What Can You Say to Grieving Parents?

What Can you Say to Grieving Parents?

Most people are unsure of what would be helpful to say to a parent of a child who is dying or who has recently died. Unfortunately, in our society many people find the topic of death to be difficult to discuss with anyone. The loss of a child to death is especially difficult, because it seems so unfair. Many people want to avoid facing the fact that children can die. Because of this, grieving parents may not always get the support they need from family, friends and co-workers. Although there is no easy answer to the question of what to say to grieving parents, grieving parents consistently share that the support of family and friends is invaluable. Here are four suggestions I have found to be helpful:

1) Express how sorry you are

It is fine to tell grieving parents that you really do not know what to say to them, but that you are very sorry that their child is so sick, or has died. This can open the door for the parent to discuss what they are feeling, if they choose to. Sometimes the best support is to listen to someone for as long as they need to talk, or to hold their hand while they cry.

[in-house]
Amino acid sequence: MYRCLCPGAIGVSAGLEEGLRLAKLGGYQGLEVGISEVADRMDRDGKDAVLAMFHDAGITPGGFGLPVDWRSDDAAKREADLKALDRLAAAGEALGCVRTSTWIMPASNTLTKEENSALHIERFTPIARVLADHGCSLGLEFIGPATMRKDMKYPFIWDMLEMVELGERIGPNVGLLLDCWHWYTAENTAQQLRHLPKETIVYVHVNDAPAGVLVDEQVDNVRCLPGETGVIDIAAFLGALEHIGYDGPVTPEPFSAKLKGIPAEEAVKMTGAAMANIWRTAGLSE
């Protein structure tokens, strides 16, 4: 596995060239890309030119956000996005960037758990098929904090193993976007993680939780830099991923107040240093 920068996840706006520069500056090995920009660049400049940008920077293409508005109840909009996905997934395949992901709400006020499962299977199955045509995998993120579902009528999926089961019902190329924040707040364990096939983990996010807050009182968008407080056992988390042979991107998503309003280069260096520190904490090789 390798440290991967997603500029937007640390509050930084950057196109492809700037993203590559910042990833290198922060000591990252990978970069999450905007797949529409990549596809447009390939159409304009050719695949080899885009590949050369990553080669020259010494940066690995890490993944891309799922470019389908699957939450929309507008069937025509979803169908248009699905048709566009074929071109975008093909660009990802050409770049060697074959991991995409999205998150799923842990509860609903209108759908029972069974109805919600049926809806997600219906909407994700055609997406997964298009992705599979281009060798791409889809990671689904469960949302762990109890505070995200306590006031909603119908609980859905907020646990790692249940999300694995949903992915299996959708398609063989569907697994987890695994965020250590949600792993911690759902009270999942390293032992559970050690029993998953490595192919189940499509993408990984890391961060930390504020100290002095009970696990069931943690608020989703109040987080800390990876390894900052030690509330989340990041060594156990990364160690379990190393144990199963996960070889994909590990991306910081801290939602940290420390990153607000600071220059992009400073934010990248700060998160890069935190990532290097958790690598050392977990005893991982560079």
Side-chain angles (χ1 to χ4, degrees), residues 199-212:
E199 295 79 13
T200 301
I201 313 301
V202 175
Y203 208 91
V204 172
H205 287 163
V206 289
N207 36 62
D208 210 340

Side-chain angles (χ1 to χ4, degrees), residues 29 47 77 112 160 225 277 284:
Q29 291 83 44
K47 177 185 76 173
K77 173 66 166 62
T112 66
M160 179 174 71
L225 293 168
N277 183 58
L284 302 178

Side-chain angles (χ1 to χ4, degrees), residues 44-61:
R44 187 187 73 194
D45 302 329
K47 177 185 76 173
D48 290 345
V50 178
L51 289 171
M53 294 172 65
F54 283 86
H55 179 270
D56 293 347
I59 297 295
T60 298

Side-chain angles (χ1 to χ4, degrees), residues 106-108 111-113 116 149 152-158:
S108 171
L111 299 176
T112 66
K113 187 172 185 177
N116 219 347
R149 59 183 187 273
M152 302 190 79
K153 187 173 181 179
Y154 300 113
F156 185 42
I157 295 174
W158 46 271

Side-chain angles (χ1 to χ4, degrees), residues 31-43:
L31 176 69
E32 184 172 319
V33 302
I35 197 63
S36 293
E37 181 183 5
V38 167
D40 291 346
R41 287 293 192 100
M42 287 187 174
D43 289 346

2) If you know their child, share something positive that you remember about them

All parents love to hear positive stories about their children. Grieving parents are especially glad to know that their child will not be forgotten.

3) Find some way to complement the parent on their role as a parent 

Many people feel guilty when someone dies, even when there is no logical reason for it. Parents of dying children often feel like they should have protected their child in some way, or prevented their death, even though there is usually no basis for this belief. Reminding the parent of the ways in which they are a dedicated and caring parent can help them to focus on their positive traits as well.

4) If you mean it, ask what you can do to help

When a child is dying, or has recently died, many families are overwhelmed with even basic tasks, like getting the groceries, running errands, mowing the lawn, etc. , and would welcome some help. If you know the family well enough, you may be able to suggest specific things you could do to help out.

“The friend who can be silent with us in a moment of despair or confusion, who can stay with us in an hour of grief and bereavement, who can tolerate not knowing… not healing, not curing… that is a friend who cares.” -Henri Nouwen 

Written by: Katie Markell

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